All of bengr's Comments + Replies

Yes, reputation was automatically updated each time step.

We thought it would make sense to decrease reputation for "unsustainable" and "violent" behaviors (e.g. over-harvesting apples, tagging other agents) and increase reputation for "sustainable" and "peaceful" behaviors. But these rules were all hardcoded.

"But you're a stronger assistant than most people in my tax bracket have. Doesn't that give you an edge in negotiation?"

"The other assistants and I are using a negotiation protocol in which smarter agents are on an equal footing with dumber agents. Of course, people with less capable assistants would never agree to a protocol that puts them at a disadvantage."

I'm interested in what this negotiation protocol would look like. If one agent is "smarter" than its counterparts, what would prevent it from negotiating a more favorable outcome for its principal?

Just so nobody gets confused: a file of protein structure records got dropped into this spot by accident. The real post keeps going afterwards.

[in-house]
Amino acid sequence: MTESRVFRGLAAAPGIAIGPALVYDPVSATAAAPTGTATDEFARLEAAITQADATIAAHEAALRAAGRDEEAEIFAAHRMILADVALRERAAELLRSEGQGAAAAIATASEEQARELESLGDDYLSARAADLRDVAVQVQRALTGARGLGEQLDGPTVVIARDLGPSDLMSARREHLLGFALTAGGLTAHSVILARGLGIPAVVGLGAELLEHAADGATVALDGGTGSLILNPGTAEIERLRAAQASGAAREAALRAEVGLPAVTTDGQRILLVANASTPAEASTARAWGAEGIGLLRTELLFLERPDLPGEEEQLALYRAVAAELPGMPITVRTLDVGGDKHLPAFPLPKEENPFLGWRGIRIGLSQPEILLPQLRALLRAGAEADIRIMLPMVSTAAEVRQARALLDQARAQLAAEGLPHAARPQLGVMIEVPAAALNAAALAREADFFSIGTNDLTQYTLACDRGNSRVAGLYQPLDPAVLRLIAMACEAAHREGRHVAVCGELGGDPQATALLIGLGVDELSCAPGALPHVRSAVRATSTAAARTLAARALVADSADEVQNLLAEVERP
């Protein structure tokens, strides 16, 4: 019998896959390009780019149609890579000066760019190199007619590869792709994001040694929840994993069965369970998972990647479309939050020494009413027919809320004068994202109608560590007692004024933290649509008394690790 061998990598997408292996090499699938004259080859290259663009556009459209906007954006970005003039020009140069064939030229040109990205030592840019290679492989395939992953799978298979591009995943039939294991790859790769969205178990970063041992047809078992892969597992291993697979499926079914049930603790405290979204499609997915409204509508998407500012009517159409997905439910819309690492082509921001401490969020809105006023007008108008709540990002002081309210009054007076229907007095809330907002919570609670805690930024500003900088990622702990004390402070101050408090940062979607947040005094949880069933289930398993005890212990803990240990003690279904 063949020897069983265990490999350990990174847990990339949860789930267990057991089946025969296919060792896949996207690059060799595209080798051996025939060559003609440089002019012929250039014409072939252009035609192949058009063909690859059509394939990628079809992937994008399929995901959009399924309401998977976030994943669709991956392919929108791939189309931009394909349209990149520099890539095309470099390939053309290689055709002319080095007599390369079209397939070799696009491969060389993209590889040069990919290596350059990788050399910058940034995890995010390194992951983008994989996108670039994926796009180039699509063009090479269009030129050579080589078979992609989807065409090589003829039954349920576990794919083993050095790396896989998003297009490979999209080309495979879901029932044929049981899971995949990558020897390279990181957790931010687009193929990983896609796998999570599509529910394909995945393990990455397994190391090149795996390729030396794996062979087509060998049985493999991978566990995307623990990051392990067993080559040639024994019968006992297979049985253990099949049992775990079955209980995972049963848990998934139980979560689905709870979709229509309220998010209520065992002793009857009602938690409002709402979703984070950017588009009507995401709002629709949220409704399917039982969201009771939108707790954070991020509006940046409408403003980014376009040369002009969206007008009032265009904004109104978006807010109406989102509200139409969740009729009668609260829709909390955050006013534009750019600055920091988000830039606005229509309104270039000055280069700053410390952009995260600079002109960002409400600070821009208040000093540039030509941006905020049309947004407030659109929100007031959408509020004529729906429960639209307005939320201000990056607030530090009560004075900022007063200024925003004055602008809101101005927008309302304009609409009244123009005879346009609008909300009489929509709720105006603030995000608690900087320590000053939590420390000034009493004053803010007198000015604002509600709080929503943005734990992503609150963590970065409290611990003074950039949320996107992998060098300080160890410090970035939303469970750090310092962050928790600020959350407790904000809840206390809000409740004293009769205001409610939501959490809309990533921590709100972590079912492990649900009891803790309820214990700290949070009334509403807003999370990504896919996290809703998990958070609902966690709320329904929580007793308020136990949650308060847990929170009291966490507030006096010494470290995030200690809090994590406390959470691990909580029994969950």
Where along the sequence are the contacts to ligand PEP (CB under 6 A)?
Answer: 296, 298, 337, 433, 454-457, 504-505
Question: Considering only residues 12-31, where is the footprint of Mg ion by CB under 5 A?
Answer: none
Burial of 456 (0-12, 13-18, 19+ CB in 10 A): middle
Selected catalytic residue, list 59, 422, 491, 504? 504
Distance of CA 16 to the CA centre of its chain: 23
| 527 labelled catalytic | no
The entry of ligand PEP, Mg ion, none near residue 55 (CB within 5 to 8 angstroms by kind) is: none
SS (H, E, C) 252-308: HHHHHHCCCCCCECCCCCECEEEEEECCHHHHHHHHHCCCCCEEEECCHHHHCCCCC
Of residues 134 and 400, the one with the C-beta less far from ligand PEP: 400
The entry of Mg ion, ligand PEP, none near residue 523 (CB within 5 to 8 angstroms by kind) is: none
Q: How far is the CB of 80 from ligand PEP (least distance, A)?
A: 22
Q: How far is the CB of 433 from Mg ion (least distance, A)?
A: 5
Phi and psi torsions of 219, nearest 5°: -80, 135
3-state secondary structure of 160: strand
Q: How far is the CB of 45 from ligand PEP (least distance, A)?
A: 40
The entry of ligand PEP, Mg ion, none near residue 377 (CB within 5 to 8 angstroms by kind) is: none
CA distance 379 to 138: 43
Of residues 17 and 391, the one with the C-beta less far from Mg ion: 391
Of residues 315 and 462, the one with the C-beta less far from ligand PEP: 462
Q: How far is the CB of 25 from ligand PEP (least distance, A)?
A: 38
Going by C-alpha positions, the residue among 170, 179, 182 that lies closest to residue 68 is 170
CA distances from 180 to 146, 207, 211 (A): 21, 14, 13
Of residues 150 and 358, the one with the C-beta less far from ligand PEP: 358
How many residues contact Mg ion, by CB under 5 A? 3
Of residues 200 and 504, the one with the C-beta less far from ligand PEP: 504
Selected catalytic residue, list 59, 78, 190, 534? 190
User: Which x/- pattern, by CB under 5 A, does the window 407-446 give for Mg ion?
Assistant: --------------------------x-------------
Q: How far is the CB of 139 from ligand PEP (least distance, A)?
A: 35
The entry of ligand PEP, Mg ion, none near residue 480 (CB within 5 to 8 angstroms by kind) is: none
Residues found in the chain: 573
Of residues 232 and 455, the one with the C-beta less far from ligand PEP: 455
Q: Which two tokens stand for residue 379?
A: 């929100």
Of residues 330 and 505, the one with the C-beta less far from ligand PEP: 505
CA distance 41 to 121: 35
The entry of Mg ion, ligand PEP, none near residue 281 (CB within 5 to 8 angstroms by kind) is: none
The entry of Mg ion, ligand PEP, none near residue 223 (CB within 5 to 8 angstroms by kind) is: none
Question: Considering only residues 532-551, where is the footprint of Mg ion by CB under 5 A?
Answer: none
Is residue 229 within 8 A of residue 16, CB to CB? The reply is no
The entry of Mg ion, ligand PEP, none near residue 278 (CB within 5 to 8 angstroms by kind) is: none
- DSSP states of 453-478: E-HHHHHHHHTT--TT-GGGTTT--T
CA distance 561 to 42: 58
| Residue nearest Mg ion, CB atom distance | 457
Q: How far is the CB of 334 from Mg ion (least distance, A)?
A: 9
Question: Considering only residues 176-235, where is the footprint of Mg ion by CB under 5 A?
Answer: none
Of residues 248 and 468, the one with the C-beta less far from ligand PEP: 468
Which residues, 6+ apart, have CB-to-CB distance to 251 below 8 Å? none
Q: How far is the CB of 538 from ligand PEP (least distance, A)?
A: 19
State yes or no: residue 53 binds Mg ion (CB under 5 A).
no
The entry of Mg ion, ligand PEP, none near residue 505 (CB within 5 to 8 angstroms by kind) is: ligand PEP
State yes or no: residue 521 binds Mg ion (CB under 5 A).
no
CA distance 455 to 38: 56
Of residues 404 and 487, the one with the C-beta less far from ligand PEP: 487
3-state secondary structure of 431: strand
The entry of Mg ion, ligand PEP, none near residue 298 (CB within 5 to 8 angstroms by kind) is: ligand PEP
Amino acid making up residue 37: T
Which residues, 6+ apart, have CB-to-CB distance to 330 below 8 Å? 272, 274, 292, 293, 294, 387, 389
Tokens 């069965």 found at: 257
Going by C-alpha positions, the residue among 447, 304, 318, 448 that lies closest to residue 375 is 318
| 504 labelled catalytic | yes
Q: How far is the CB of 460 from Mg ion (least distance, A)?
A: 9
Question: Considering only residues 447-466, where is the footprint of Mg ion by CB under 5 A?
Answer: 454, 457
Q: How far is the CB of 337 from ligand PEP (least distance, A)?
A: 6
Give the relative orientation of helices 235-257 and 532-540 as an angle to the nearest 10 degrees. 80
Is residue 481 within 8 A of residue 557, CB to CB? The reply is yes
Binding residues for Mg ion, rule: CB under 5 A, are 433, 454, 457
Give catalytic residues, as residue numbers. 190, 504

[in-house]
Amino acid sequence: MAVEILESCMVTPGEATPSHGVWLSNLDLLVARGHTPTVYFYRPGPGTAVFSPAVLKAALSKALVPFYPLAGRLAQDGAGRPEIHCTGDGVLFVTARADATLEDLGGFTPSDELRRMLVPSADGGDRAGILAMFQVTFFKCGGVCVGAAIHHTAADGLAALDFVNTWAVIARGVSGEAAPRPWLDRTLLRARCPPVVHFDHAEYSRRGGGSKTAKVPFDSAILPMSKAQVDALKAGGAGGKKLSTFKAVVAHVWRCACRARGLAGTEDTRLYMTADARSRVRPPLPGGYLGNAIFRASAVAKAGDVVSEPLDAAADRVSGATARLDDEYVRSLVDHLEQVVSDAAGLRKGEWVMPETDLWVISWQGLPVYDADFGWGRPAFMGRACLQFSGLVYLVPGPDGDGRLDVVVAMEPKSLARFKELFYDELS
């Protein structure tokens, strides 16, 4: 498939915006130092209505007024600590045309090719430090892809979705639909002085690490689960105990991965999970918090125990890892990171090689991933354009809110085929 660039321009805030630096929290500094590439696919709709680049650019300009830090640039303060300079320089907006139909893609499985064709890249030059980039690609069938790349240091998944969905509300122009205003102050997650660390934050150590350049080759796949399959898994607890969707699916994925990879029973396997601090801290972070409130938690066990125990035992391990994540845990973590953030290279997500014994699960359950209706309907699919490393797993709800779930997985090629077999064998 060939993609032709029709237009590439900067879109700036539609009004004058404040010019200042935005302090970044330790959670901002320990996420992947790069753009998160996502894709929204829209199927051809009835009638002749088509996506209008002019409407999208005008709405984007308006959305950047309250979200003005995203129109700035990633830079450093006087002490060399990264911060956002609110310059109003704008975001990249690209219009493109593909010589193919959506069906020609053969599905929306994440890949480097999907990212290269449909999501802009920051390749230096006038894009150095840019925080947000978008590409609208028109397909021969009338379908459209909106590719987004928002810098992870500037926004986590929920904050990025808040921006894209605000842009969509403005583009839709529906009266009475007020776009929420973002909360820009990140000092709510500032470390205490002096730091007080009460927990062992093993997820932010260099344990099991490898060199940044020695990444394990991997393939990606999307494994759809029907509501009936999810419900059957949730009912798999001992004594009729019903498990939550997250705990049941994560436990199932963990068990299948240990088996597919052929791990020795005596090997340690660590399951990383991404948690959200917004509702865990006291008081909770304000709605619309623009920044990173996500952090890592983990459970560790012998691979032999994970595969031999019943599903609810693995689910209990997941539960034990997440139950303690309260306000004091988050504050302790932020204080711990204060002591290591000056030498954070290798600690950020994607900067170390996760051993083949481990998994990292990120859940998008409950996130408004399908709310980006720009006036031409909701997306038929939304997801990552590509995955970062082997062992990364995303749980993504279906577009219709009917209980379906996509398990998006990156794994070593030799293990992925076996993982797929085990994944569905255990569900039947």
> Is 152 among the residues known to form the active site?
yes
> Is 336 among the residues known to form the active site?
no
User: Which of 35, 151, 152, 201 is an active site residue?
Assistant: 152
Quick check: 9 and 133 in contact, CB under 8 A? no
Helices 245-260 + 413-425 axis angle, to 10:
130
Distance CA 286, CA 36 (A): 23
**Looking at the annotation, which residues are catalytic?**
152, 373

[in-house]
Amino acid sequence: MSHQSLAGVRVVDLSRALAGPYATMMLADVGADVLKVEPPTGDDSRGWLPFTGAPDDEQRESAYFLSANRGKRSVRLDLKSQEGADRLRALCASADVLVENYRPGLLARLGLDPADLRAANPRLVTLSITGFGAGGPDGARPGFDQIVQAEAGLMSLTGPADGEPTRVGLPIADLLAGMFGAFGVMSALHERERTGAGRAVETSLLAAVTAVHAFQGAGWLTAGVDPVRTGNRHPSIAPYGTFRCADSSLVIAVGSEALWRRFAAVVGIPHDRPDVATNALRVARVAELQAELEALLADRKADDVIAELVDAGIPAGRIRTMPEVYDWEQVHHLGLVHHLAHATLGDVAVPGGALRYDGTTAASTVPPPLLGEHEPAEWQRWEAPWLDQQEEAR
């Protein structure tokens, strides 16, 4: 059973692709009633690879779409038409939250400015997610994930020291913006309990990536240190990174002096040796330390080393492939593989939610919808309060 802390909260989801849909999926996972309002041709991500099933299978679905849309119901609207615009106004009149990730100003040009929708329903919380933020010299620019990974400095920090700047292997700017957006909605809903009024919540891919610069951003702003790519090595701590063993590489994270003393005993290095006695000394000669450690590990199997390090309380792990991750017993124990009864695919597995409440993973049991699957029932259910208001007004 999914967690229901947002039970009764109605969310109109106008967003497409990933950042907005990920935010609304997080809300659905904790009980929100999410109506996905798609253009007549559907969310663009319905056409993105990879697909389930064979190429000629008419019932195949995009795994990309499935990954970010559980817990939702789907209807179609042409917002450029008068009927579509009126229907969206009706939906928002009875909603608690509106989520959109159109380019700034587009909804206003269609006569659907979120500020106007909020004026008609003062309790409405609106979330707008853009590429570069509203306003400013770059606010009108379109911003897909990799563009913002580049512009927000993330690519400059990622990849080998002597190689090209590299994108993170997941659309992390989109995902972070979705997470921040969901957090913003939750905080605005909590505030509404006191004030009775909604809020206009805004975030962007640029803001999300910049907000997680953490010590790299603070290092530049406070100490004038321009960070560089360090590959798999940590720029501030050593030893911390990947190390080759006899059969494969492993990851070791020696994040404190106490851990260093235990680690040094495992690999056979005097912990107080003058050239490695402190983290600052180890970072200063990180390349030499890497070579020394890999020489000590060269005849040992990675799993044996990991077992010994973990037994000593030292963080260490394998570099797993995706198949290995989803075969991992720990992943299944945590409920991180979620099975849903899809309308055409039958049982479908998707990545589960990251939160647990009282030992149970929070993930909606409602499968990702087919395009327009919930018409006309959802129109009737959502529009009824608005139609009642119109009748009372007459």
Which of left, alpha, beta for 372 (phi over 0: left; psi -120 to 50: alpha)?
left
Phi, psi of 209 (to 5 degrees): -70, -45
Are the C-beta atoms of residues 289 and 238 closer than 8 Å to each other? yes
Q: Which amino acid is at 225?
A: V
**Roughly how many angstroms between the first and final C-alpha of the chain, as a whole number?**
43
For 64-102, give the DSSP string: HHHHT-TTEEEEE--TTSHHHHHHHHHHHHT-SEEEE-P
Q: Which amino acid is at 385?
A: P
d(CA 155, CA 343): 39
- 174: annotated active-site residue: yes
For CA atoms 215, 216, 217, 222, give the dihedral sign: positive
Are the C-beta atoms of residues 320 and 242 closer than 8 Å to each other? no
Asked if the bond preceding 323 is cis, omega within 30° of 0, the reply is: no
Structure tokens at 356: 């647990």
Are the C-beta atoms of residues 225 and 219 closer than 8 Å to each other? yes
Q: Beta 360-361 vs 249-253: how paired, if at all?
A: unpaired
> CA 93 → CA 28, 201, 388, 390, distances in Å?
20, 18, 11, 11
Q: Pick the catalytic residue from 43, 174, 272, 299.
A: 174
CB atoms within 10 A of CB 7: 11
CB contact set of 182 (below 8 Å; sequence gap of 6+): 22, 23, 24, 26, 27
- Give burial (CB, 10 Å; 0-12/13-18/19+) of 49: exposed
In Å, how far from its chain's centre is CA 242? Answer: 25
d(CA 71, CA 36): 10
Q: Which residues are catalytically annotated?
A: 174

Simple answer: Solving 'equally' probably speeds up the computation, a lot. Longer answer: Arguably, it still can negotiate a more favorable outcome, just not at the expense of those parties - because they won't agree to it if that happens. Non-'zero sum' optimizing can still be on the table. For example, if all the 'assistants' agreed to something - like a number other than 90% and came back with that offer to Congress - that could work as it isn't making things worse for the small assistants.** The cooperation might involve source code sharing. (Maybe some sort of 'hot swap treaty (-building)'*, as the computation continues.) * a) so things can keep moving forward even if some of them get swapped out. b) Decentralized processing so factors like loss of internet won't break the protocol. ** I've previously pointed out that if this group is large enough that the OP's scenario happens, they can have a 'revolution'.